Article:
Business

December 7, 2012

Lockheed Martin’s PAC-3 MSE missile successfully intercepts tactical ballistic missile target during test

Lockheed Martin’s PAC-3 Missile Segment Enhancement successfully engaged, intercepted and destroyed a tactical ballistic missile target Dec. 6 at White Sands Missile Range, N.M.

The first interceptor destroyed the target and the second PAC-3 MSE Missile self-destructed as planned.

“Today’s flight test provided another example of how the PAC-3 MSE Missile has significantly expanded the Patriot battlespace, engaging a TBM at unprecedented range,” said Richard McDaniel, vice president of PAC-3 programs at Lockheed Martin Missiles and Fire Control. “This test was especially satisfying as it came just a few days after the first successful Medium Extended Air Defense System intercept flight test in which another PAC-3 MSE Missile intercepted a threat representative air-breathing target in an over-the-shoulder engagement.”

The PAC-3 MSE Missile provides increased performance by expanding the lethal battlespace of the current PAC-3 Missile both in altitude and range employing the same proven hit-to-kill technology that the PAC-3 family of missiles uniquely brings to the Patriot system.

The MSE variant incorporates threat-driven and technology-enabled hardware and software upgrades to defeat the advancing threat set. The PAC-3 MSE Missile is packaged in a single canister that stacks to provide even more flexibility for the Patriot air defense system.

Lockheed Martin Missiles and Fire Control is prime contractor for the PAC-3 Missile Segment and Missile Segment Enhancement upgrades to the Patriot air defense system. The upgrades consist of the highly agile hit-to-kill PAC-3/MSE Missiles, the PAC-3 Missile canisters (in four/one packs), the Fire Solution Computer and the Enhanced Launcher Electronics System, all of which are modularly integrated into Patriot.

 




All of this week's top headlines to your email every Friday.


 
 

 

Headlines September 17, 2014

News: Pentagon open to U.S. ground troops in fight against Islamic State - The Pentagon’s top general opened the door Sept. 16 to the possibility that U.S. combat troops would be needed in Iraq, as he publicly laid out President Obama’s still-developing plans to combat Islamic State insurgents through U.S. air power and relying on an...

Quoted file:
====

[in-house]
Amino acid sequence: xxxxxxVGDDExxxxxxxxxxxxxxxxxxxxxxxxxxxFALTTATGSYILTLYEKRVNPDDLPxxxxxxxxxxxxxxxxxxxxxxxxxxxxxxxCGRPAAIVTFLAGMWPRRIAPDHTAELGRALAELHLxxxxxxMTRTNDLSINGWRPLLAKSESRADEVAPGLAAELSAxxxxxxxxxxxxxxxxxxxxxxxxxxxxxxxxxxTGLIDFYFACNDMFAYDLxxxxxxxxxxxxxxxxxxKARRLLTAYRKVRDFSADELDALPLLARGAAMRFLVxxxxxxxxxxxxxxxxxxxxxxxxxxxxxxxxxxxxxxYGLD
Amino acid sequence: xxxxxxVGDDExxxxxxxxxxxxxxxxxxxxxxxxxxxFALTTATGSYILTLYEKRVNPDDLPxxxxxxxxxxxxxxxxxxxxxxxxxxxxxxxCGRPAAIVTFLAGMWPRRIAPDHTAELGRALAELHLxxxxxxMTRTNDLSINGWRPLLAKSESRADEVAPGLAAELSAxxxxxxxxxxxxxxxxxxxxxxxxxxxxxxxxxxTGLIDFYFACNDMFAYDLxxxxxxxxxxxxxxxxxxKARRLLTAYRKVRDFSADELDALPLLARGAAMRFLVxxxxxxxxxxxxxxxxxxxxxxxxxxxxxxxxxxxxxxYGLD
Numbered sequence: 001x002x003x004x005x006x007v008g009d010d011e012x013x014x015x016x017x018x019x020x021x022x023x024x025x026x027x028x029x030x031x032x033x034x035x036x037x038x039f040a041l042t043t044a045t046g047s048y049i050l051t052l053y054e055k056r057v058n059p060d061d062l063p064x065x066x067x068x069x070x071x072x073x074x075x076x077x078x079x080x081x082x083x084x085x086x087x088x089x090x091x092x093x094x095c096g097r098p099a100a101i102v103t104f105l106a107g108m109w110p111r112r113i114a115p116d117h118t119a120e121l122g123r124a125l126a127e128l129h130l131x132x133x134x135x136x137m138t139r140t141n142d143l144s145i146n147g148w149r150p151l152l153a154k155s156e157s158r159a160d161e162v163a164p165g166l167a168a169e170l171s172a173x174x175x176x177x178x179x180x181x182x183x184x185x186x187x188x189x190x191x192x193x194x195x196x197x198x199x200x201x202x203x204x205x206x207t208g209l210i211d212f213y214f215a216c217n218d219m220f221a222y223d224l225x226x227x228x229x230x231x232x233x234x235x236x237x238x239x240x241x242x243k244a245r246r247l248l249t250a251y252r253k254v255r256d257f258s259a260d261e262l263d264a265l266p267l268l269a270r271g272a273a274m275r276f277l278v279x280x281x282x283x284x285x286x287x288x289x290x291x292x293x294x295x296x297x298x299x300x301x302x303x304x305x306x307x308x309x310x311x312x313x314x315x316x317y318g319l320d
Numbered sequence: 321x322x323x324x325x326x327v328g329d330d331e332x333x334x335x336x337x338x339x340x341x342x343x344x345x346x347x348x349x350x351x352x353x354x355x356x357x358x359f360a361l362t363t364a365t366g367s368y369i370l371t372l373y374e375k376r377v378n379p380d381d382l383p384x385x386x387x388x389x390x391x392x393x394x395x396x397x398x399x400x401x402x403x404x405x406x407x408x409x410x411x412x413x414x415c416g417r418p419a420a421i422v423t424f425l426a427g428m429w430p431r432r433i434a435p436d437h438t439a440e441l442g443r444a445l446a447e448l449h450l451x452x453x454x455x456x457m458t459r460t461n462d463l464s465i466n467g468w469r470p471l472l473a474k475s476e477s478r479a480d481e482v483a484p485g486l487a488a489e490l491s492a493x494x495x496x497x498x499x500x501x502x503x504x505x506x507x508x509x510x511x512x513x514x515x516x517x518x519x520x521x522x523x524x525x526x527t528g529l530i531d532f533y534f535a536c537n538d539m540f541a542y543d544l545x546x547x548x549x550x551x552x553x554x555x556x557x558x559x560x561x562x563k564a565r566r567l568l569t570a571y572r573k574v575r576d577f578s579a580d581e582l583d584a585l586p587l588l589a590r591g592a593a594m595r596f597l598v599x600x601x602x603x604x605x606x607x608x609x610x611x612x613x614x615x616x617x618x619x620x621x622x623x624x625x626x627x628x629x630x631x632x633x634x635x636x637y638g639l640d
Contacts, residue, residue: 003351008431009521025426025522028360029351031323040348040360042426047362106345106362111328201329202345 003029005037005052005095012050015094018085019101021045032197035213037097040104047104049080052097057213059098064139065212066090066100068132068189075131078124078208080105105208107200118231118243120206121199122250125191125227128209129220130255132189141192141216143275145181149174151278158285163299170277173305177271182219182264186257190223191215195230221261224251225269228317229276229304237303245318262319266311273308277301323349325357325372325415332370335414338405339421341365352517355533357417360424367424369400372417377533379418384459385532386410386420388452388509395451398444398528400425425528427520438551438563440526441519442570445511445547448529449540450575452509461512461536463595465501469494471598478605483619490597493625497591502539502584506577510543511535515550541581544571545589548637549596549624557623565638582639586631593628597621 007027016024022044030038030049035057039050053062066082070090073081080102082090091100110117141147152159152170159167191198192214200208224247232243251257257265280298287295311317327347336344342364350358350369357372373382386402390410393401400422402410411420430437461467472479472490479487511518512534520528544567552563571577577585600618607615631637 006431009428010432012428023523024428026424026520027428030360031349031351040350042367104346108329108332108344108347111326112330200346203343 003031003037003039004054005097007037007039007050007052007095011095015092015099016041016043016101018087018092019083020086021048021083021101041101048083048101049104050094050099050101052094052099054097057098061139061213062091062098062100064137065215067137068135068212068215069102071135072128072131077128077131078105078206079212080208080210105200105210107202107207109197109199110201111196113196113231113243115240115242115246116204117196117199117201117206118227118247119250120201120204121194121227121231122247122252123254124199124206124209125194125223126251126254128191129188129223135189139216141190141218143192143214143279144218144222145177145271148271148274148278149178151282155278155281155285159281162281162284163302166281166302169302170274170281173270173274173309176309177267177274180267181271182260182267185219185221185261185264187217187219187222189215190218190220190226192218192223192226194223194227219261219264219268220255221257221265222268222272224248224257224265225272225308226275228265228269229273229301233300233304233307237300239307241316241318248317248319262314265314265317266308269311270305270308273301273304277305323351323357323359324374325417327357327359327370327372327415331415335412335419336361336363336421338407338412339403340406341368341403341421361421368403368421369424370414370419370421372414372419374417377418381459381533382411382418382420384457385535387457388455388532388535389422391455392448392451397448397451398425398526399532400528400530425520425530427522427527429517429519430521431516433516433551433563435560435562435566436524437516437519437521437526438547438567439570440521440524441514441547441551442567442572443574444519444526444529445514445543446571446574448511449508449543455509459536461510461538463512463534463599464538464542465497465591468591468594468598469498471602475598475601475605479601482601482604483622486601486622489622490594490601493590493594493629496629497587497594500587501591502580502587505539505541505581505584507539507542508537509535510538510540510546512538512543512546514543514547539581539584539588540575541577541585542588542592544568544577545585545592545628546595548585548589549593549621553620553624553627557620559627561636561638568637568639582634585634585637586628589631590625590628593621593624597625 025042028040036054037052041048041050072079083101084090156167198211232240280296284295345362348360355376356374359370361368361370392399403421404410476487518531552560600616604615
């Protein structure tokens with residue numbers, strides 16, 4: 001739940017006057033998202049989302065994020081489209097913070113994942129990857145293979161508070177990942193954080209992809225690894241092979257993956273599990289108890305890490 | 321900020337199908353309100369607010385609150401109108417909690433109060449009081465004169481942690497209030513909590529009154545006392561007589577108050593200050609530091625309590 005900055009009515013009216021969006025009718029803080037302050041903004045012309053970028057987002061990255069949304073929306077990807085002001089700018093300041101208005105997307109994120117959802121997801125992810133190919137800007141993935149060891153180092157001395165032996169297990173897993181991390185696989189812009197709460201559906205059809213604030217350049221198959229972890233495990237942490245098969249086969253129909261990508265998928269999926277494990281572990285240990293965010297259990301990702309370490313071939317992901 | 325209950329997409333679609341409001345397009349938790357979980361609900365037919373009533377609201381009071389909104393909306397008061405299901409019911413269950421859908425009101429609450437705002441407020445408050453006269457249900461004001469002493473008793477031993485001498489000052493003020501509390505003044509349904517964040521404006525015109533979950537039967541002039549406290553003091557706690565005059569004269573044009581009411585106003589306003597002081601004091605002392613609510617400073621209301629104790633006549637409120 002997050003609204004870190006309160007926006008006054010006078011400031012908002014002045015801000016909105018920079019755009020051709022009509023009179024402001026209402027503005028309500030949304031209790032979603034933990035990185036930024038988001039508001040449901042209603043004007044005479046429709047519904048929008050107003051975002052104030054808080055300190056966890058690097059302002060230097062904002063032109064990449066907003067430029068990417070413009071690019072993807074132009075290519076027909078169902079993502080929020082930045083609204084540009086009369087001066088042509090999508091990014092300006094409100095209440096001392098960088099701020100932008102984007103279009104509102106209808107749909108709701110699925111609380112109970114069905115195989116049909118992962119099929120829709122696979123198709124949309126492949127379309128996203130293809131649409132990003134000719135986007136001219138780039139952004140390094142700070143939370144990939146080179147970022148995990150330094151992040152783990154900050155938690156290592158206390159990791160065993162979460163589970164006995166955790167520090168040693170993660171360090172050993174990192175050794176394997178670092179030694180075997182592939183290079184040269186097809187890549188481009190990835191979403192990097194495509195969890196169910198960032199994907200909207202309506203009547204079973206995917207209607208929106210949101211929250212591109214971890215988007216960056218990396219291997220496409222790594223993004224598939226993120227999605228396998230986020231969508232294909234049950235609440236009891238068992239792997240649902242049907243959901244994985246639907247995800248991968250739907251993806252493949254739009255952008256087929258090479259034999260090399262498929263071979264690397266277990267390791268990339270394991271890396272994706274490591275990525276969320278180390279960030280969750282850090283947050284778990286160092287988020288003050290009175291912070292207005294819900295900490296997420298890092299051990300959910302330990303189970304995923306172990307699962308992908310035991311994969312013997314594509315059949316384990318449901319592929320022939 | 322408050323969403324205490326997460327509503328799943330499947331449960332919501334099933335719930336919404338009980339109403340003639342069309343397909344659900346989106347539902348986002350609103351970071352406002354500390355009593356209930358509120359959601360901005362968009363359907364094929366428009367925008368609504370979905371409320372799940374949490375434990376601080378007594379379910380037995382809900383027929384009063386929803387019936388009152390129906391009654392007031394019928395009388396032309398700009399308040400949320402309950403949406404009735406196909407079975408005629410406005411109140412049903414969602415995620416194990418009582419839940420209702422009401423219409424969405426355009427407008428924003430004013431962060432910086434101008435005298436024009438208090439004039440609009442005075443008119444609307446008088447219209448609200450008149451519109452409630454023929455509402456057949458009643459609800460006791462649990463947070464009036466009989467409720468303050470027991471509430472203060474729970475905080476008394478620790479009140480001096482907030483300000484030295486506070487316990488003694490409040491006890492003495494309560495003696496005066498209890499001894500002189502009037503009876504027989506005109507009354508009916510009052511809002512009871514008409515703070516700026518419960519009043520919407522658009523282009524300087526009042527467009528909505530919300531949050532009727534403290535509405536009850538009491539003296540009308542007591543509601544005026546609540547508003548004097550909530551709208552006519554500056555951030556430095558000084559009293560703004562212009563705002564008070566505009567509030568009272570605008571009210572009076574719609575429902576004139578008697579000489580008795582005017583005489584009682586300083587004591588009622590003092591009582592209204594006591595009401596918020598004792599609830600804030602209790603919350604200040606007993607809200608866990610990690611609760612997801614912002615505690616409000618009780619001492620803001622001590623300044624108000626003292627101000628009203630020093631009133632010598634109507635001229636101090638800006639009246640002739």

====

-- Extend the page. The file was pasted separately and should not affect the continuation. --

News Briefs September 17, 2014

U.S. to assign 3,000 troops to fight Ebola The Obama administration is preparing to assign 3,000 U.S. military personnel to West Africa to combat the Ebola outbreak that has overwhelmed local health care systems and drawn appeals for help from the region and aid organizations. The troops will supply medical and logistical support and boost...
 
 
Navy photograph

Future USNS Fall River delivered

Navy photograph The joint high speed vessel USNS Fall River (JHSV 4) completes acceptance trials testing and evaluations in the Gulf of Mexico. The ship’s trials included dockside testing to clear the ship for sea and at-...
 

 
University of Alaska-Fairbanks photograph by Chris Larsen

NASA airborne campaigns focus on climate impacts in Arctic

University of Alaska-Fairbanks photograph by Chris Larsen Changes in more than 130 Alaskan glaciers are being surveyed by scientists at the University of Alaska-Fairbanks in a DHC-3 Otter as part of NASA’s multi-year Oper...
 
 
Air Force photograph by Michael J. Pausic

Future of NATO: Adapting to a new security environment

Air Force photograph by Michael J. Pausic Gen. Phillip Breedlove informs the assembled crowd about the results of the recent NATO Summit and the areas of instability that affect Europe that have regional implications. Seated in...
 
 
Image courtesy of NASA/CXC/M. Weiss

NASA’s Chandra X-ray Observatory finds planet that makes star act deceptively old

Image courtesy of NASA/CXC/M. Weiss A new study from NASA’s Chandra X-ray Observatory shows that a giant exoplanet, WASP-18b, is making the star that it orbits very closely act much older than it actually is. This artist&...
 




0 Comments


Be the first to comment!


Leave a Reply

Your email address will not be published. Required fields are marked *

You may use these HTML tags and attributes: <a href="" title=""> <abbr title=""> <acronym title=""> <b> <blockquote cite=""> <cite> <code> <del datetime=""> <em> <i> <q cite=""> <strike> <strong>